There are also emerging concerns about the risks to the BAME workforce in social are, as the evidence builds about the potentially disproportionate impacts on those communities when exposed to COVID 19. Social care providers are asking for more guidance from the government on this issue to help them protect their BAME workforce (and residents/ people using services) effectively

Ask: more funding into social care to enable better pay for our workforce; a recognition of their skills and qualities, with a focus on capabilities and values, not just qualifications;

Ask: more guidance on protecting BAME staff and residents/ people using services) effectively

 

  1. Withdrawal of primary care/ community health support

In early March as the emphasis was placed on the importance of protecting the NHS and freeing up bed space capacity in hospital began, we saw a redirection of effort and support within both primary care and community health services towards this mission. This had an immediate and very direct consequence for social care – it meant that primary care and community health services actively withdrew form support their care homes and care providers as they were asked to focus on the support of those being discharge from hospital back into the community.  In many areas. care staff were asked to pick up the medical and clinical task previously done by District Nurses and GPs support reduced significantly.

NCF were able to ask for the Community Services Prioritisation Framework to be amended to ensure support for care homes remained a priority but even so, the support from the health services was being withdrawn at the time it was needed most.

Ask: part of our NCF ‘ring of steel’ ask was for better support from primary care/ community health services, which we are now starting to see with the acceleration of Enhanced Health in Care Homes; additional clinical support is essential, as is very specialist infection prevention and control supportCOVID is the equivalent of Ebola not Norovirus – we need that level of specialist IPC support

  1. Recognising the expertise within the care sector

As the pandemic has moved into care homes, it has become clear that much of the advice about symptoms and early detection has not necessarily been correct. Care staff have reported that symptoms in older people rarely manifest as a cough and a temperature, but are much more often likely to be sickness, UTIs,  diarrhoea or other signs of being unwell. In the absence of testing, an early recognition of this and an early amend to the guidance on symptoms for care home staff and GPs and community health services would have been helpful, as would work to research the nature and trajectory of the virus within care settings as opposed to acute settings.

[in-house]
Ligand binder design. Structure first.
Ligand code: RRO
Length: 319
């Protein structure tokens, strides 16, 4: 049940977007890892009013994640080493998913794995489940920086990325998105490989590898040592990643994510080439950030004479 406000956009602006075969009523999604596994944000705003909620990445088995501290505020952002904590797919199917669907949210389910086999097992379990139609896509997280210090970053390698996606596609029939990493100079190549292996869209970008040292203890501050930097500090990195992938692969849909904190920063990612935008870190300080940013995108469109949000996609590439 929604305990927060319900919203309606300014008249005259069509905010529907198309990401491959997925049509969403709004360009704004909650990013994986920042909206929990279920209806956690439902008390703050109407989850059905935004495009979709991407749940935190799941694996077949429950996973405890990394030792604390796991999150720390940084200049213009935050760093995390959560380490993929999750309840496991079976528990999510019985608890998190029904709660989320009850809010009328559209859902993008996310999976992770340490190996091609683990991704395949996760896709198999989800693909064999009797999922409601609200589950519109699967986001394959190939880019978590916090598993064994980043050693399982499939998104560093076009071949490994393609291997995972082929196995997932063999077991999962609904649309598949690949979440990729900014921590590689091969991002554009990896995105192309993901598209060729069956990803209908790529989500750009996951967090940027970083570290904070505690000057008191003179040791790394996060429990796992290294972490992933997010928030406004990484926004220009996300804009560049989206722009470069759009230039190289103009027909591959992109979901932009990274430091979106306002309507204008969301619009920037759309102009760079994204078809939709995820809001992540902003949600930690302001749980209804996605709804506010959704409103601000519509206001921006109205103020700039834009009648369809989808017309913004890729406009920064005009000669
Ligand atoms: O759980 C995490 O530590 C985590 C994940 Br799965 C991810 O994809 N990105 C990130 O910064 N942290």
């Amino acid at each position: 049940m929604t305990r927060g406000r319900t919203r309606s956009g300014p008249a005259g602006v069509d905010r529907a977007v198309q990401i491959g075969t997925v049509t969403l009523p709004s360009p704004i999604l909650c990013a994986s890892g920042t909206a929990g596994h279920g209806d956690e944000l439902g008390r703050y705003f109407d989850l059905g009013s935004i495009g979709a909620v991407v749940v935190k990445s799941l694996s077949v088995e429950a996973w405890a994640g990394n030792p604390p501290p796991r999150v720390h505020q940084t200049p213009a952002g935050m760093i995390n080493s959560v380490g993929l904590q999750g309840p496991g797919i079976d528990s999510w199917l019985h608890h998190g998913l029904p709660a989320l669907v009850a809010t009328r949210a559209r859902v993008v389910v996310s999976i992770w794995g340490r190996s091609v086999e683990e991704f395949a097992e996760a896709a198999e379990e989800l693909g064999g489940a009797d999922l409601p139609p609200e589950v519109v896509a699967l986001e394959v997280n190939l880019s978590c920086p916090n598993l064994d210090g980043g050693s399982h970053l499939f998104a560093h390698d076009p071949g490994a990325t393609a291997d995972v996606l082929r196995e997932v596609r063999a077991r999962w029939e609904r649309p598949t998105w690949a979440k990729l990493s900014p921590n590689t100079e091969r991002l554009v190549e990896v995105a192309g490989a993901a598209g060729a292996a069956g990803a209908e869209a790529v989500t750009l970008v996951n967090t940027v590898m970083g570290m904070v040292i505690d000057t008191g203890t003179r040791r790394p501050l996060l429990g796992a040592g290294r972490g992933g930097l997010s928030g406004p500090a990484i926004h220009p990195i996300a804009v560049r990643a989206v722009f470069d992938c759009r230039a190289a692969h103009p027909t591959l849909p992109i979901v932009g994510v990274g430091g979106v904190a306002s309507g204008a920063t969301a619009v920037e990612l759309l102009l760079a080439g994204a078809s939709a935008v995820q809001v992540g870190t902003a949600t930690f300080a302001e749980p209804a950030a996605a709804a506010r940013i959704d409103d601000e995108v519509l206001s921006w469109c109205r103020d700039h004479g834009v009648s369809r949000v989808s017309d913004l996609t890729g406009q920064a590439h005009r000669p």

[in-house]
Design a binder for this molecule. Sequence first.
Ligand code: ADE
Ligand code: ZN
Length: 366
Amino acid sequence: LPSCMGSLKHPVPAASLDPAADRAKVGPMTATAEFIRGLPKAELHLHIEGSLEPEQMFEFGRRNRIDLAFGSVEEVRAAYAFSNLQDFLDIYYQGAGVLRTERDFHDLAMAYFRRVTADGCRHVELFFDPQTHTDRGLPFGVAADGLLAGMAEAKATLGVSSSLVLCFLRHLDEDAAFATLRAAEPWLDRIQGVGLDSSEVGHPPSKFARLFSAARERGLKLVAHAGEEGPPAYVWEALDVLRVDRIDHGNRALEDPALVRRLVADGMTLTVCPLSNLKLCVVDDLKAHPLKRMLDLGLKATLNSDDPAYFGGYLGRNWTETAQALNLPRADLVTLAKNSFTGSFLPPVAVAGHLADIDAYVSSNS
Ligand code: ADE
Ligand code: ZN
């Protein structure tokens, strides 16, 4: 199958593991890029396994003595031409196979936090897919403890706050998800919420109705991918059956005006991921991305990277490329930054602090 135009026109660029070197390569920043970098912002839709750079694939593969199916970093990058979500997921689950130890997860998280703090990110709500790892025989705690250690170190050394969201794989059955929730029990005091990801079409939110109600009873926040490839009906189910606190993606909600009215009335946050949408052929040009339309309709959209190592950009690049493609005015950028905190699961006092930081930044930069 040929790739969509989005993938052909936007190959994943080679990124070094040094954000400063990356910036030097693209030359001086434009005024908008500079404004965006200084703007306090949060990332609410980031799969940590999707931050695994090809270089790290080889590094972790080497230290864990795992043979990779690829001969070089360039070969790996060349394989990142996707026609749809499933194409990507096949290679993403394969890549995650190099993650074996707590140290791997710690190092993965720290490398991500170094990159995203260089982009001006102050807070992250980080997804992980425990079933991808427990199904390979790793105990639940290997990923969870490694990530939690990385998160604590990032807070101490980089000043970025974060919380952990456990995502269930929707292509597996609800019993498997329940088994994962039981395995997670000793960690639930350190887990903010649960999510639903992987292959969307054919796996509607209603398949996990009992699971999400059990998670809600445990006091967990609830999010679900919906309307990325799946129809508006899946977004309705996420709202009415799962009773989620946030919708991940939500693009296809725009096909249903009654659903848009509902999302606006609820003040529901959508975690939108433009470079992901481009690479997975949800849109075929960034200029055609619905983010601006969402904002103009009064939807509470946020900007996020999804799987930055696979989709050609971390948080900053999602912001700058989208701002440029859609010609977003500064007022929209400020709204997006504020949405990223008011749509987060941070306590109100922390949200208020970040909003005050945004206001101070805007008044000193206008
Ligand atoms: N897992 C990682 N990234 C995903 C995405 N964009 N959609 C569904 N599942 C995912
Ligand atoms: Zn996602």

Ask: recognition of the expertise within the care sector in informing the advice and symptoms guidance on COVID

 

  1. Indemnity and insurance

The issue of insurance in a COVID world is beginning to emerge as a key challenge for social care providers. Insurers and underwriters are increasing concerned about the potential liabilities brought about by COVID and are starting to limit the cover offered by their policies to exclude COVID liabilities (especially in relation to public liability cover). They are also repricing policies with significant increases in premiums for policies which are offering less/ no COVID cover. The government has provided indemnity ot he MHS, but not yet managed a similar response for social care.

Ask: that the DHSC set up an indemnity scheme for the social care sector equivalent to that provided by section 11 of the Coronavirus Act 2020 in combination with other NHS indemnities, for health service providers.

Lessons learned for the second wave of COVID

Parity of social care with healtha true whole system response

A number of the issues raised in section one about current issues come back to one key single issue – the fact that social care has not been seen as the equal partner to health from very start of the pandemic. Effort, planning and resources were all devoted to protecting the NHS without an understanding and recognition of the key role that social care plans within the system , out in communities. This is a health pandemic and yet the support for social care in managing this health pandemic has not been there, consistently, woven though the response planning.

Key lessons include:

 

 

 

 

 

May 2020